In my last post I sketched out the basic argument of Joan Breton Connelly’s book The Parthenon Enigma. Using the famous frieze as a focal point, Connelly interprets the Parthenon as temple, as a site of religious experience, and not—as we have been accustomed to do in recent history—a celebration of democracy and civic pride in action. Connelly does posit a political message to the frieze: the welfare of the city-state of Athens must always take precedence over individual welfare. But she derives this from myth and seeks to demonstrate that the political and the mythic (or the religious) are inextricable from one another.
Most of the reviews of the book focus on the central reinterpretation of the frieze as depicting a mythic sacrifice by Erectheus and Praxithea, the first king and queen of Athens, of their youngest daughter to insure a military victory. This mythic interpretation of the sculptures, Connelly believes, is more appropriate to its place on a temple than a secular celebration of the procession that is a major part of the Panathenaic Festival held annually (with a “Great” festival every four years). But the re-interpretation of the frieze is only one piece of Connelly’s story, and in some ways, the least compelling part of the entire book.
She opens with a powerful evocation of the importance of the Acropolis as place, skillfully using an episode from Plato’s Phaedrus to invoke Socrates enjoying the pleasure of the Greek landscape while he debates a fine point of myth with his companion. The debate about the exact location near the hill where Boreas abducted a nymph serves as a first demonstration of how the landscape is imbued with mythic resonances even in historical times. She goes on to catalog the Sacred Rock’s geography and history in some detail, expanding on this initial vignette to great effect.
In her second chapter, Connelly recreates for us the cosmology of the ancient Greeks, recounting the battles between successive generations of gods and monsters, demonstrating how each successive battle represents yet another victory for the forces of civilization over brute barbarism, showing how these battles are reflected in the landscape and in the stars of the cosmos overhead, and how in turn, those stars—the first keepers of time and the calendar—informed the lives of the Athenians. She describes a world shot through with mythic significance, with the presence of the divine that is honored and feared and that provides the framework for the rounds of human life.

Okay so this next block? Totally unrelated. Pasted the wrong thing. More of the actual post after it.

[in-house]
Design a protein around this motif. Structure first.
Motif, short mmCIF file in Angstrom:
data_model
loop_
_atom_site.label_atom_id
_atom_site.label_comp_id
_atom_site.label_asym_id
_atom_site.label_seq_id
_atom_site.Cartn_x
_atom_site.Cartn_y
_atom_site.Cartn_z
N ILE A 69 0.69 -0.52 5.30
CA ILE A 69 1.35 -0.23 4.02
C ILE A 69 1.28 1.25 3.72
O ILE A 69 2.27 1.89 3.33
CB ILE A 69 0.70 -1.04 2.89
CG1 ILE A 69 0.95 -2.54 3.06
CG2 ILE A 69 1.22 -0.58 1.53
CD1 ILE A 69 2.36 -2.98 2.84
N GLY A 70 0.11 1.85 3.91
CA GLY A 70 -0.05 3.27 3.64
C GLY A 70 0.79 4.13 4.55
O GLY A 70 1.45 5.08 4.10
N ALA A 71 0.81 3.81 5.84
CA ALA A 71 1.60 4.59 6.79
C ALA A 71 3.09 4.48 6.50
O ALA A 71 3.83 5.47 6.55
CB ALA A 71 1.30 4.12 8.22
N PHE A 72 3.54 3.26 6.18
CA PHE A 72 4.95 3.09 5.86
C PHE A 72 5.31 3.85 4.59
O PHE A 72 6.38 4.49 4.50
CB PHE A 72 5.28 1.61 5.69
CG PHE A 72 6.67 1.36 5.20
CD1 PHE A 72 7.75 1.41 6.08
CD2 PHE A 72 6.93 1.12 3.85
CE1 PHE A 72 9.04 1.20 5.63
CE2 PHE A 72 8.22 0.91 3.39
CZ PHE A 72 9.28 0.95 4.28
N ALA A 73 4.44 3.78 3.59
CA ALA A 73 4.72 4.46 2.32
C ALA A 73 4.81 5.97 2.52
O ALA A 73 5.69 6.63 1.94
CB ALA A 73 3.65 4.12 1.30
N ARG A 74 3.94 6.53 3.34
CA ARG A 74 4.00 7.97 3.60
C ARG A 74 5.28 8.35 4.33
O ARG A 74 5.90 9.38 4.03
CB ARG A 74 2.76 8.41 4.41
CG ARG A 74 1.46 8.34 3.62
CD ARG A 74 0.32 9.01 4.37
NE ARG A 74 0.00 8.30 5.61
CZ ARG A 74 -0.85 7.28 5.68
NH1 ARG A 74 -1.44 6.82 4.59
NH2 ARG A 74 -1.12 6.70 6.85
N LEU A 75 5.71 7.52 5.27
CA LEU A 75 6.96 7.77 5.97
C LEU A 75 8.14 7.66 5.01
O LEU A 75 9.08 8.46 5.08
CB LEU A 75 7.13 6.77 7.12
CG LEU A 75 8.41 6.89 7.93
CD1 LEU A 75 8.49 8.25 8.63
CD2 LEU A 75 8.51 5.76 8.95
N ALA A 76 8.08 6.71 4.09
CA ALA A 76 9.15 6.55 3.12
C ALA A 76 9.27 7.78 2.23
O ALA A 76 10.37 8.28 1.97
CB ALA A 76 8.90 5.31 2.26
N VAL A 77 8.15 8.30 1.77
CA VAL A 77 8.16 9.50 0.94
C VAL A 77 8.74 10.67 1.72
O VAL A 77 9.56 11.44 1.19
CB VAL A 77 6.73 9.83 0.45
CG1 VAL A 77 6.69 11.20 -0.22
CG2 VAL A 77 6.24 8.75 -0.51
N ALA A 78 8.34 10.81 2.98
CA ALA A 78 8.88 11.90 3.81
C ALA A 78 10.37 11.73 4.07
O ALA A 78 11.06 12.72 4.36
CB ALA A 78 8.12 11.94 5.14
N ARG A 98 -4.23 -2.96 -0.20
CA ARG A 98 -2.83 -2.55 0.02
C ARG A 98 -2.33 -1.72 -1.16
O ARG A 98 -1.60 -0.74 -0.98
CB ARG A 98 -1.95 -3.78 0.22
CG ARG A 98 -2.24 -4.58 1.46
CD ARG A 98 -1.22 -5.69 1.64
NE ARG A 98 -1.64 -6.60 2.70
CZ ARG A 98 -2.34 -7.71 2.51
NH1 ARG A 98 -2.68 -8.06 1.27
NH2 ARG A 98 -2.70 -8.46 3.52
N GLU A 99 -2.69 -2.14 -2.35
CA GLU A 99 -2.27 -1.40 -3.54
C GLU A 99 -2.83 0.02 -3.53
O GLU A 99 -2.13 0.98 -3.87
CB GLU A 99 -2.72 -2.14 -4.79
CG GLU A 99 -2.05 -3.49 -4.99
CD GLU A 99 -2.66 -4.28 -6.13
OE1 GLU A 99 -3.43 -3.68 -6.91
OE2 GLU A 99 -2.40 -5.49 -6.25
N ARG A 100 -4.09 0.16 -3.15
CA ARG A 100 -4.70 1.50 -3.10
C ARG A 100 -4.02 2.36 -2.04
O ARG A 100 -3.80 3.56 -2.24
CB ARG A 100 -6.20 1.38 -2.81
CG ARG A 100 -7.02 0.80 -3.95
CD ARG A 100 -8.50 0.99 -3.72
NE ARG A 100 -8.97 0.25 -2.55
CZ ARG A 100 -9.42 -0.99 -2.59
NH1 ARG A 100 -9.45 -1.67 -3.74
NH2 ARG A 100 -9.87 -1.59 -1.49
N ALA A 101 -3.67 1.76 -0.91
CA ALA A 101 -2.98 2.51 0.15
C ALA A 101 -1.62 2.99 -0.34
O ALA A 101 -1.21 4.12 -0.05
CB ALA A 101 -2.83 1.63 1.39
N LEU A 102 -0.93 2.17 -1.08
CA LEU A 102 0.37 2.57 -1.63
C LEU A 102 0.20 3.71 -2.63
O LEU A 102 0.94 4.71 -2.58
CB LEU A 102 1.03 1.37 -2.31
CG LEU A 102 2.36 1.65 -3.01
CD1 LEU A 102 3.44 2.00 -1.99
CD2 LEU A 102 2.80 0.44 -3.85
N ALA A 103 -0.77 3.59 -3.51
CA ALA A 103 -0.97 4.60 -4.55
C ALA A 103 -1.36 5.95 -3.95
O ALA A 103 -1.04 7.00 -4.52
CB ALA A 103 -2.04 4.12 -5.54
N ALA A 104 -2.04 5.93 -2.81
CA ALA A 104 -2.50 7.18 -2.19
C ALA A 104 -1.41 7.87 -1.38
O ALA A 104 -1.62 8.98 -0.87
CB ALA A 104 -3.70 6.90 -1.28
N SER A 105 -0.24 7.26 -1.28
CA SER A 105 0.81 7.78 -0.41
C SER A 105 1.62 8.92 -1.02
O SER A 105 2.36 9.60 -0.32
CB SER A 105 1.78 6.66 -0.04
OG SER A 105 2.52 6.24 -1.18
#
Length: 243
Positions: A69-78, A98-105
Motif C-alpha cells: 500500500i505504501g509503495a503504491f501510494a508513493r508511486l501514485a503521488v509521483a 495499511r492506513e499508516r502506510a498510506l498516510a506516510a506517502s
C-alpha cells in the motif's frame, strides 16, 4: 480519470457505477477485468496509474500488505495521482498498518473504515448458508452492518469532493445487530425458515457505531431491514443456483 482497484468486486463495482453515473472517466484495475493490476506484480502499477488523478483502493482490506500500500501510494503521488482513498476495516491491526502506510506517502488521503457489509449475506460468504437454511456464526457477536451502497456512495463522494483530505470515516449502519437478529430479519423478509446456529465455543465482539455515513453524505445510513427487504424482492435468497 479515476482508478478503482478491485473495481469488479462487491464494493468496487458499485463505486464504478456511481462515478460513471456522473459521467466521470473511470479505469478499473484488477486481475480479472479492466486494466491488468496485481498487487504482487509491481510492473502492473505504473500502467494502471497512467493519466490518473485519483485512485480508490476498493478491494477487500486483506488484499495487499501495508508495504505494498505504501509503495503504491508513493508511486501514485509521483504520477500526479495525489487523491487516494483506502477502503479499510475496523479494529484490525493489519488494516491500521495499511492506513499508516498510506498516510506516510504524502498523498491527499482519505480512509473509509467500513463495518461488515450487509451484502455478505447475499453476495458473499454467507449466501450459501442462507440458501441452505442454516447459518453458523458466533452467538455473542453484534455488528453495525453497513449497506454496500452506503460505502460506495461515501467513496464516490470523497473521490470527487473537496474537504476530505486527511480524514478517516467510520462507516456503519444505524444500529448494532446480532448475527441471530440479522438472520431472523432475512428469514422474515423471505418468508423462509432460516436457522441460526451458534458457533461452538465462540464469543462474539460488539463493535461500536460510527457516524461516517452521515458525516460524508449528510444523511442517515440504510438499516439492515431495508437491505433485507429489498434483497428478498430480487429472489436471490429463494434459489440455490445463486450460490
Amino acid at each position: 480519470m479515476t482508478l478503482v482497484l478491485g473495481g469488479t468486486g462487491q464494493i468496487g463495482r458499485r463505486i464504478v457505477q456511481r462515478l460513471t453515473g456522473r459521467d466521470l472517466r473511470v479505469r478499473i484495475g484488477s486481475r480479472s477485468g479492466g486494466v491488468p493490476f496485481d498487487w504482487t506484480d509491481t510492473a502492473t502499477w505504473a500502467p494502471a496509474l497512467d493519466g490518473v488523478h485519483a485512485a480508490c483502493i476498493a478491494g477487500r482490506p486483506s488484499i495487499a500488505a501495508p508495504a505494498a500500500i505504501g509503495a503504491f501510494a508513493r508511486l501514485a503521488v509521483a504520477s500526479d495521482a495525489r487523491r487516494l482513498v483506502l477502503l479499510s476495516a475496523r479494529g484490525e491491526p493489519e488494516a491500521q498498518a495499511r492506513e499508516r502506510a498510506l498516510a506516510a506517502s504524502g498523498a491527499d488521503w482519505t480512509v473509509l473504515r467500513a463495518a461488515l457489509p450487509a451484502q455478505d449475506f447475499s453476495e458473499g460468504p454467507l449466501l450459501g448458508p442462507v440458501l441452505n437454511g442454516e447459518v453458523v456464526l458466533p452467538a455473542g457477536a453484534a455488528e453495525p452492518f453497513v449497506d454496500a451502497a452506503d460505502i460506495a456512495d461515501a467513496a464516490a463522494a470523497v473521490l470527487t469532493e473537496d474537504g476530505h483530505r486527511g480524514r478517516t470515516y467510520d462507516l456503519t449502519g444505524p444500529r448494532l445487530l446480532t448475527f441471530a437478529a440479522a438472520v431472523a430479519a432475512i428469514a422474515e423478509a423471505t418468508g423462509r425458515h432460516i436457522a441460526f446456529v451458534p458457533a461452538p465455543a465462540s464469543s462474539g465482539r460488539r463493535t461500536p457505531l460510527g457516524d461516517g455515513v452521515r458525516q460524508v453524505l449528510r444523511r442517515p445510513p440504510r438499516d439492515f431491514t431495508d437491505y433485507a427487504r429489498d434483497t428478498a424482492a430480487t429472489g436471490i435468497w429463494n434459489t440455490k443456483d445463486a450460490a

Having done so, she then turns her attention to the historic period of Perikles. She chronicles the wars against the Persians, the rise of Athenian civil power and empire, and the desire of the Athenians to rebuild the destroyed Acropolis not simply as a victory monument, but also as an object lesson about the importance of Athenian solidarity and Athenian exceptionalism. Only having established this context does she turn her attention to the newly discovered fragments of Euripides’ Erechtheus and to the frieze itself to advance her new interpretation. (I should say in passing that Connelly has been developing this line of argument in published articles for two decades, and the book represents the marshaling of all her evidence from those years into a panoramic statement.)
Her reading of the frieze itself is not terribly detailed or extensive, and like most other commentators I have read recently, she can skip with grace and agility over puzzles that don’t sit well with her interpretation . No single interpretation to date comfortably accounts for the entirety of the action and iconography of the frieze: the past is too far distant, our knowledge still to fragmentary, the context still incomplete. In the end, I was less concerned with whether Connelly is right than I was impressed by the amount of knowledge from disparate arenas that she brings together to build her argument. For me, what was important about this book was all that it had to teach me about art, religion, politics, economics, social organization, and history in the Athenian world. The breadth of her scholarship is impressive, and if she fails to sway other classicists with equal training and insight, I am unconcerned. What she tells the non-specialist in her lucid, readable, and vivid prose makes this book worth reading by anyone with even the slightest interest in the subject.